The concept of “notice” and how it complies with an individual’s constitutional due process rights is something local governments regularly encounter in their day to day work. Whether it involves a code violation, utility shut-offs, or a zoning hearing, proper timing and form of notice is essential and the failure to comply can result in the government being unable to enforce its ordinances. This issue arose recently in the City of Chicago with respect to its street cleaning ordinance resulting in a successful challenge to the imposition of a ticket and fine. On July 25, 2016, Todd Kooperman parked his…
Lothan Van Hook DeStefano Arch. LLC v. SB Yen Mgm’t. Group, Inc., No. 18 C 275, Slip Op. (N.D. Ill. Dec. 10, 2018) (Lee, J.). Judge Lee denied defendants’ Fed. R. Civ. P. 12(b)(1) motion to dismiss for lack of subject-matter jurisdiction, but granted defendants’ motion to compel mediation and arbitration, and stayed this architectural copyright case pending such proceedings. Subject-Matter Jurisdiction Noting the complexity of determining whether a claim was based in contract or copyright, the Court noted that the Seventh Circuit had squarely addressed the present situation in Nova Design Build, Inc. v. Grace Hotels, LLC, 652 F.3d…
Where a class of consumers sued an energy company for breach of contract, fraud, and unjust enrichment, the district court dismissed some, but not all, of the claims. The district court found that the consumers had sufficiently alleged that the energy company violated its agreement to charge rates for electricity based on market conditions and that the consumers had pled a claim for unjust enrichment in the alternative. However, the court found that the consumers failed to allege adequate details of a fraudulent scheme. Verde Energy USA, Inc. was sued by a class of consumers in federal court for the…
The FDA will hold a May 31, 2019 public hearing to give stakeholders an opportunity to provide the FDA with additional input relevant to the Agency’s regulatory strategy related to existing products, as well as the lawful pathways by which appropriate products containing cannabis or cannabis-derived compounds (including CBD) can be marketed. With a goal of understanding how the FDA can make those legal pathways more predictable and efficient. Industry members, stakeholders, and others interested in cannabis related products and regulations may provide the FDA the comments and can even ask to make a presentation at the hearing but must…
Under the Establishment Clause of the First Amendment, “Congress shall make no law respecting an establishment of religion, or prohibiting the free exercise thereof..”  A nonprofit organization brought suit against the United States Treasury claiming a longstanding tax code exemption for religious housing violated the Establishment Clause because it did not have a secular purpose and instead provided aid to a group of religious persons. Recently, a federal court rejected the nonprofit’s claim because the law applied equally to nonsecular institutions, did not involve a subsidy, required a level of fact-finding that did not excessively entangle the government in religion,…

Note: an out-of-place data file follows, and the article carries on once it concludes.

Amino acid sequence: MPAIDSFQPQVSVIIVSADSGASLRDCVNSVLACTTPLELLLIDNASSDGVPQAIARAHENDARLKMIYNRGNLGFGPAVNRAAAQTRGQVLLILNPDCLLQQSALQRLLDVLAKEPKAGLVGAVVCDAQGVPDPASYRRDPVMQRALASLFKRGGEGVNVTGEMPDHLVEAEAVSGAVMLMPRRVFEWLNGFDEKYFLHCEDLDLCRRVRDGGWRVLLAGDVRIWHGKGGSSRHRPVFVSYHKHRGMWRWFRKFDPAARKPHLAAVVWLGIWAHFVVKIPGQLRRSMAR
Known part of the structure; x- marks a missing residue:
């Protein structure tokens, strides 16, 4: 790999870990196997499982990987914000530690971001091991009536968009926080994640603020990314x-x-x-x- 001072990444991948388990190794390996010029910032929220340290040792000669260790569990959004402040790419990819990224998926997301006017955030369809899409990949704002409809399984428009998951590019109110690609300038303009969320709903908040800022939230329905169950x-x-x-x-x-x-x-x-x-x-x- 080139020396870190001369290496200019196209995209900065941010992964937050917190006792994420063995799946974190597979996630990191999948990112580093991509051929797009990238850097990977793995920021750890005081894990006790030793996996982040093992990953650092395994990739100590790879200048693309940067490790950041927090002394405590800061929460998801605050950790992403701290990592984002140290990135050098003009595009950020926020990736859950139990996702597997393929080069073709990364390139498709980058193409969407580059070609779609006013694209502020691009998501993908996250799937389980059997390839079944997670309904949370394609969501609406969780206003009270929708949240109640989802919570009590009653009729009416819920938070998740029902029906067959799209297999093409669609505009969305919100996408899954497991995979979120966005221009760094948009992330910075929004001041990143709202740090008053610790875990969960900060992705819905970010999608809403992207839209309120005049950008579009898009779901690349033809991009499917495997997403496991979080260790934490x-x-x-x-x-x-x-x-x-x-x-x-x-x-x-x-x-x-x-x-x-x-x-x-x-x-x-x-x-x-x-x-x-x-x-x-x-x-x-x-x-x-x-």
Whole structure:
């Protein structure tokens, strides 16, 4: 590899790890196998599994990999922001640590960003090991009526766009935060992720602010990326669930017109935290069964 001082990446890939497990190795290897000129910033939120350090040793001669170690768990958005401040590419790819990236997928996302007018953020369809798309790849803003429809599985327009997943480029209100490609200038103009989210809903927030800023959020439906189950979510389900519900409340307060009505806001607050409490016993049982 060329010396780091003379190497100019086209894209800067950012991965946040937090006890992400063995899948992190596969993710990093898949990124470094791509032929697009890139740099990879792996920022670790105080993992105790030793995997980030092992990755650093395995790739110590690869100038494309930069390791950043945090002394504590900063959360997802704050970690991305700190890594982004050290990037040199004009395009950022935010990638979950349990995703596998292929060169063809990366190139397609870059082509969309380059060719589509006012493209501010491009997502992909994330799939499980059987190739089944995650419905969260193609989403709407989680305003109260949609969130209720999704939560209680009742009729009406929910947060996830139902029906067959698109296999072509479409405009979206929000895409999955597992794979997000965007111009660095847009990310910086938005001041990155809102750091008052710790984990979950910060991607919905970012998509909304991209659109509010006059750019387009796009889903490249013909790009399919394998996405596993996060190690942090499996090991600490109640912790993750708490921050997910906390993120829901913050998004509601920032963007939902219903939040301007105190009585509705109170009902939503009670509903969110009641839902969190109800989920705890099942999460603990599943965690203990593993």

Perfect Brow Art, Inc. v. Glitzy Brows, No. 18 C 4594, Slip Op. (N.D. Ill. Nov. 15, 2018) (Guzman, J.). Judge Guzman granted defendants’ (collectively “Glitzy Brows”) Fed. R. Civ. P. 12(b)(2) motion to dismiss plaintiff Perfect Brow Art’s first amended complaint for lack of personal jurisdiction in this Lanham Act trademark, trade dress, false designation of origin and unfair competition case involving brow threading. Of particular note, the Court held as follows: Aside from the parties’ employment agreement, the only relevant evidence Perfect Brow Art submitted was the Illinois choice of law provision in the agreement, which did contain…
Many people don’t seek legal assistance because they simply don’t know that they need legal help. They don’t realize they have a legal problem that has a legal solution. This education gap is where the access to justice issue begins, but isn’t where it should end. Can technology help improve access to justice? Increased accessibility and technology that identifies and addresses legal problems are gradually reducing barriers to equal justice under the law for all. Yet, we have a long way to go. For instance, over 90 percent of Americans have a smartphone, yet only one percent have a legal…
The Illinois Supreme Court handed down one opinion on Thursday, April 4. In Piccioli v. The Board of Trustees of the Teachers’ Retirement System et al., the court ruled that a union lobbyist qualified for a public pension under a repealed law by spending one day as a substitute teacher. Piccioli v. The Board of Trustees of the Teachers’ Retirement System et al. By Michael T. Reagan, Law Offices of Michael T. Reagan This case, like Carmichael v. Laborers’ & Retirement Board, 2018 IL 122793, deals with pension issues which have arisen involving public union employees seeking pension benefits from…